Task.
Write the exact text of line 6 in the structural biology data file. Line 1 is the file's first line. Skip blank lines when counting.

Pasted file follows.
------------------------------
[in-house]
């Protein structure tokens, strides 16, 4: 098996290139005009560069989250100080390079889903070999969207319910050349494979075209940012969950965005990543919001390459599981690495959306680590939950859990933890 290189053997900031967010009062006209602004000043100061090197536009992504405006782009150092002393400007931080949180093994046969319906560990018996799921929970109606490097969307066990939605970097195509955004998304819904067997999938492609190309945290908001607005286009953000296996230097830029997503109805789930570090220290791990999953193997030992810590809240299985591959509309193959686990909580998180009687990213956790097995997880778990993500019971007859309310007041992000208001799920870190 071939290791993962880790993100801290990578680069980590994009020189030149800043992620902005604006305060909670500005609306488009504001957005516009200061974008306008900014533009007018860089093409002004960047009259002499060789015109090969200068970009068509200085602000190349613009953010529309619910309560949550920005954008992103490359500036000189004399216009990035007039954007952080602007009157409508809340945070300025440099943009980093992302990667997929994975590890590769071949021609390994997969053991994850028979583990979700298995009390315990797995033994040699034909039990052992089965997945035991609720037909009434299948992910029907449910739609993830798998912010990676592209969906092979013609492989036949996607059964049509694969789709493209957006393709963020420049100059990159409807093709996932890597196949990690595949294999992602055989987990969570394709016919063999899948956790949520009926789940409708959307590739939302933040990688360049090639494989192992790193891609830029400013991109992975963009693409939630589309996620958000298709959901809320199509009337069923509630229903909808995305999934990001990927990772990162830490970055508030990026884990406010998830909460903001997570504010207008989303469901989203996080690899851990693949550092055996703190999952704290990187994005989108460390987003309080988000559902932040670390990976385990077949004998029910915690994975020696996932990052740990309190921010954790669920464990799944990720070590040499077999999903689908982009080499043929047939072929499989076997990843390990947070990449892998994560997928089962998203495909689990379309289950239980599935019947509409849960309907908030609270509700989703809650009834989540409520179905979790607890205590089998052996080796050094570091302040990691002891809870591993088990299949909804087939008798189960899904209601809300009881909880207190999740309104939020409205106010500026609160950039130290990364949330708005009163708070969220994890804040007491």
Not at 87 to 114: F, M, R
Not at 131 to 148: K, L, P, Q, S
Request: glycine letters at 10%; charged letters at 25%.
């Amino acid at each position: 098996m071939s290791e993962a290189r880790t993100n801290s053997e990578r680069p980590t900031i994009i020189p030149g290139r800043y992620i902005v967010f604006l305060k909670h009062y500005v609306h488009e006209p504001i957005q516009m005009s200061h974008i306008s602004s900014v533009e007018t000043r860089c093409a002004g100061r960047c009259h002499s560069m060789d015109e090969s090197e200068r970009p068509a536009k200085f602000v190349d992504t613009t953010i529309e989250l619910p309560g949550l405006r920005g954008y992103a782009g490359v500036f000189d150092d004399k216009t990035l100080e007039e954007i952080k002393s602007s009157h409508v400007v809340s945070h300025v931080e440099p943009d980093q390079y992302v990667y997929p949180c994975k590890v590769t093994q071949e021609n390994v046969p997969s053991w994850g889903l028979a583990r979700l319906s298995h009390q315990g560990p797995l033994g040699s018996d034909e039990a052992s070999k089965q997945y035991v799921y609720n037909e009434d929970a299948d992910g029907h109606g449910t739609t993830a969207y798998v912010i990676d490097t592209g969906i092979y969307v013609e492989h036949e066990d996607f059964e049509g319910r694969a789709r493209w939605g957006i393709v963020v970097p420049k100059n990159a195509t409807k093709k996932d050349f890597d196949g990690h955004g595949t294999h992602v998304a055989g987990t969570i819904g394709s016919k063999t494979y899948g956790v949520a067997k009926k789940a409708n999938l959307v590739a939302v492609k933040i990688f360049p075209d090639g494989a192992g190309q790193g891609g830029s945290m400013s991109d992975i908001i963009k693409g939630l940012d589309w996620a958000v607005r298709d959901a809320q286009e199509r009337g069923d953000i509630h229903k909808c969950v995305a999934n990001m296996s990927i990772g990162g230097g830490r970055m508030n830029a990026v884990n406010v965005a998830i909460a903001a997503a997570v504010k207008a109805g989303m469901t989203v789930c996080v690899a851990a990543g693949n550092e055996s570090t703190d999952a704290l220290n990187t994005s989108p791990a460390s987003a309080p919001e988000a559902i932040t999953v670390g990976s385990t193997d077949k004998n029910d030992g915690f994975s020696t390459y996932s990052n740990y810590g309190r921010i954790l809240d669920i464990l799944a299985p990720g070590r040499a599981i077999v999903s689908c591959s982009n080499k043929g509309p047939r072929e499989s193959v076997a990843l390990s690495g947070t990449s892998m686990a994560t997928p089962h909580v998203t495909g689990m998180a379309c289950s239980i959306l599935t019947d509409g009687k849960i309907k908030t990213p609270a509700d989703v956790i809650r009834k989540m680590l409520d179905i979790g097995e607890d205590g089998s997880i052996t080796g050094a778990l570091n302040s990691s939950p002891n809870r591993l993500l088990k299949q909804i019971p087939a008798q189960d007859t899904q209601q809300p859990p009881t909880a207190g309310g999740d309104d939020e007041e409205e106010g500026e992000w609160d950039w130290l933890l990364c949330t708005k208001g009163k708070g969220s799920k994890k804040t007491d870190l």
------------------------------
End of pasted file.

């Amino acid at each position: 098996m071939s290791e993962a290189r880790t993100n801290s053997e990578r680069p980590t900031i994009i020189p030149g290139r800043y992620i902005v967010f604006l305060k909670h009062y500005v609306h488009e006209p504001i957005q516009m005009s200061h974008i306008s602004s900014v533009e007018t000043r860089c093409a002004g100061r960047c009259h002499s560069m060789d015109e090969s090197e200068r970009p068509a536009k200085f602000v190349d992504t613009t953010i529309e989250l619910p309560g949550l405006r920005g954008y992103a782009g490359v500036f000189d150092d004399k216009t990035l100080e007039e954007i952080k002393s602007s009157h409508v400007v809340s945070h300025v931080e440099p943009d980093q390079y992302v990667y997929p949180c994975k590890v590769t093994q071949e021609n390994v046969p997969s053991w994850g889903l028979a583990r979700l319906s298995h009390q315990g560990p797995l033994g040699s018996d034909e039990a052992s070999k089965q997945y035991v799921y609720n037909e009434d929970a299948d992910g029907h109606g449910t739609t993830a969207y798998v912010i990676d490097t592209g969906i092979y969307v013609e492989h036949e066990d996607f059964e049509g319910r694969a789709r493209w939605g957006i393709v963020v970097p420049k100059n990159a195509t409807k093709k996932d050349f890597d196949g990690h955004g595949t294999h992602v998304a055989g987990t969570i819904g394709s016919k063999t494979y899948g956790v949520a067997k009926k789940a409708n999938l959307v590739a939302v492609k933040i990688f360049p075209d090639g494989a192992g190309q790193g891609g830029s945290m400013s991109d992975i908001i963009k693409g939630l940012d589309w996620a958000v607005r298709d959901a809320q286009e199509r009337g069923d953000i509630h229903k909808c969950v995305a999934n990001m296996s990927i990772g990162g230097g830490r970055m508030n830029a990026v884990n406010v965005a998830i909460a903001a997503a997570v504010k207008a109805g989303m469901t989203v789930c996080v690899a851990a990543g693949n550092e055996s570090t703190d999952a704290l220290n990187t994005s989108p791990a460390s987003a309080p919001e988000a559902i932040t999953v670390g990976s385990t193997d077949k004998n029910d030992g915690f994975s020696t390459y996932s990052n740990y810590g309190r921010i954790l809240d669920i464990l799944a299985p990720g070590r040499a599981i077999v999903s689908c591959s982009n080499k043929g509309p047939r072929e499989s193959v076997a990843l390990s690495g947070t990449s892998m686990a994560t997928p089962h909580v998203t495909g689990m998180a379309c289950s239980i959306l599935t019947d509409g009687k849960i309907k908030t990213p609270a509700d989703v956790i809650r009834k989540m680590l409520d179905i979790g097995e607890d205590g089998s997880i052996t080796g050094a778990l570091n302040s990691s939950p002891n809870r591993l993500l088990k299949q909804i019971p087939a008798q189960d007859t899904q209601q809300p859990p009881t909880a207190g309310g999740d309104d939020e007041e409205e106010g500026e992000w609160d950039w130290l933890l990364c949330t708005k208001g009163k708070g969220s799920k994890k804040t007491d870190l």